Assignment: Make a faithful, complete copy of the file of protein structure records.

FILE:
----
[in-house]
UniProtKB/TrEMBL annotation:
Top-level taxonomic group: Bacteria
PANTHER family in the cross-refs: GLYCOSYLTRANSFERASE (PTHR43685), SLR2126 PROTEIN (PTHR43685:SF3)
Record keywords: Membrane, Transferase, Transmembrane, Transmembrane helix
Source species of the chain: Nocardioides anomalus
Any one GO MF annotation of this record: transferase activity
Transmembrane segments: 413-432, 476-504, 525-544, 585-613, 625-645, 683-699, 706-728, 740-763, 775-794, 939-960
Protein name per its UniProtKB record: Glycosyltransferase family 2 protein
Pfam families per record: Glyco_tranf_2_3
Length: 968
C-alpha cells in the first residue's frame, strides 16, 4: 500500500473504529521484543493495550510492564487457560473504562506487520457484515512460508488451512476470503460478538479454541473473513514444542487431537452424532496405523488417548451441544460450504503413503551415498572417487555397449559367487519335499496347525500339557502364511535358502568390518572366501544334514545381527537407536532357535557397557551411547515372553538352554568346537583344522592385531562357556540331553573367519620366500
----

[in-house]
UniProtKB/TrEMBL annotation:
Top-level taxonomic group: Bacteria
PANTHER family in the cross-refs: GLYCOSYLTRANSFERASE (PTHR43685), SLR2126 PROTEIN (PTHR43685:SF3)
Record keywords: Membrane, Transferase, Transmembrane, Transmembrane helix
Source species of the chain: Nocardioides anomalus
Any one GO MF annotation of this record: transferase activity
Transmembrane segments: 413-432, 476-504, 525-544, 585-613, 625-645, 683-699, 706-728, 740-763, 775-794, 939-960
Protein name per its UniProtKB record: Glycosyltransferase family 2 protein
Pfam families per record: Glyco_tranf_2_3
Length: 968
C-alpha cells in the first residue's frame, strides 16, 4: 500500500473504529521484543493495550510492564487457560473504562506487520457484515512460508488451512476470503460478538479454541473473513514444542487431537452424532496405523488417548451441544460450504503413503551415498572417487555397449559367487519335499496347525500339557502364511535358502568390518572366501544334514545381527537407536532357535557397557551411547515372553538352554568346537583344522592385531562357556540331553573367519620366500